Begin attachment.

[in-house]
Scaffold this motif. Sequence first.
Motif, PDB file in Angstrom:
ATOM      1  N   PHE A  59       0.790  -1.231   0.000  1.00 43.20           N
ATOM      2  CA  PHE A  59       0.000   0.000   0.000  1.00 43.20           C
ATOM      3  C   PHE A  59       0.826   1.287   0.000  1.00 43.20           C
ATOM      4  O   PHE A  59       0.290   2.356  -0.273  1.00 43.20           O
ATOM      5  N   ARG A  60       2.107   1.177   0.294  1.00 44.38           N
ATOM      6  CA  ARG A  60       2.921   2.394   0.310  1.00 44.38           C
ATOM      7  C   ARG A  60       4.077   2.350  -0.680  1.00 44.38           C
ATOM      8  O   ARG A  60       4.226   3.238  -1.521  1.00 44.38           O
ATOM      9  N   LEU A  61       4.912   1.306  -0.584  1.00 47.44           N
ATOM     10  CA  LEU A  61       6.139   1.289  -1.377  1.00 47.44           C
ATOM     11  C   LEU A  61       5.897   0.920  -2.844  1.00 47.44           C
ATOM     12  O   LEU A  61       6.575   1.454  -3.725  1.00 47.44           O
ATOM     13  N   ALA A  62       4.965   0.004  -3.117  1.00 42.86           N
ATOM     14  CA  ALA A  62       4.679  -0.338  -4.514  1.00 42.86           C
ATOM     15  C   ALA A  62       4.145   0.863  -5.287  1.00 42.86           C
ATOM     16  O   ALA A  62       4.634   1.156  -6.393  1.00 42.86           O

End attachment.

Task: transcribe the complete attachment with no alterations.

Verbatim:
[in-house]
Scaffold this motif. Sequence first.
Motif, PDB file in Angstrom:
ATOM      1  N   PHE A  59       0.790  -1.231   0.000  1.00 43.20           N
ATOM      2  CA  PHE A  59       0.000   0.000   0.000  1.00 43.20           C
ATOM      3  C   PHE A  59       0.826   1.287   0.000  1.00 43.20           C
ATOM      4  O   PHE A  59       0.290   2.356  -0.273  1.00 43.20           O
ATOM      5  N   ARG A  60       2.107   1.177   0.294  1.00 44.38           N
ATOM      6  CA  ARG A  60       2.921   2.394   0.310  1.00 44.38           C
ATOM      7  C   ARG A  60       4.077   2.350  -0.680  1.00 44.38           C
ATOM      8  O   ARG A  60       4.226   3.238  -1.521  1.00 44.38           O
ATOM      9  N   LEU A  61       4.912   1.306  -0.584  1.00 47.44           N
ATOM     10  CA  LEU A  61       6.139   1.289  -1.377  1.00 47.44           C
ATOM     11  C   LEU A  61       5.897   0.920  -2.844  1.00 47.44           C
ATOM     12  O   LEU A  61       6.575   1.454  -3.725  1.00 47.44           O
ATOM     13  N   ALA A  62       4.965   0.004  -3.117  1.00 42.86           N
ATOM     14  CA  ALA A  62       4.679  -0.338  -4.514  1.00 42.86           C
ATOM     15  C   ALA A  62       4.145   0.863  -5.287  1.00 42.86           C
ATOM     16  O   ALA A  62       4.634   1.156  -6.393  1.00 42.86           O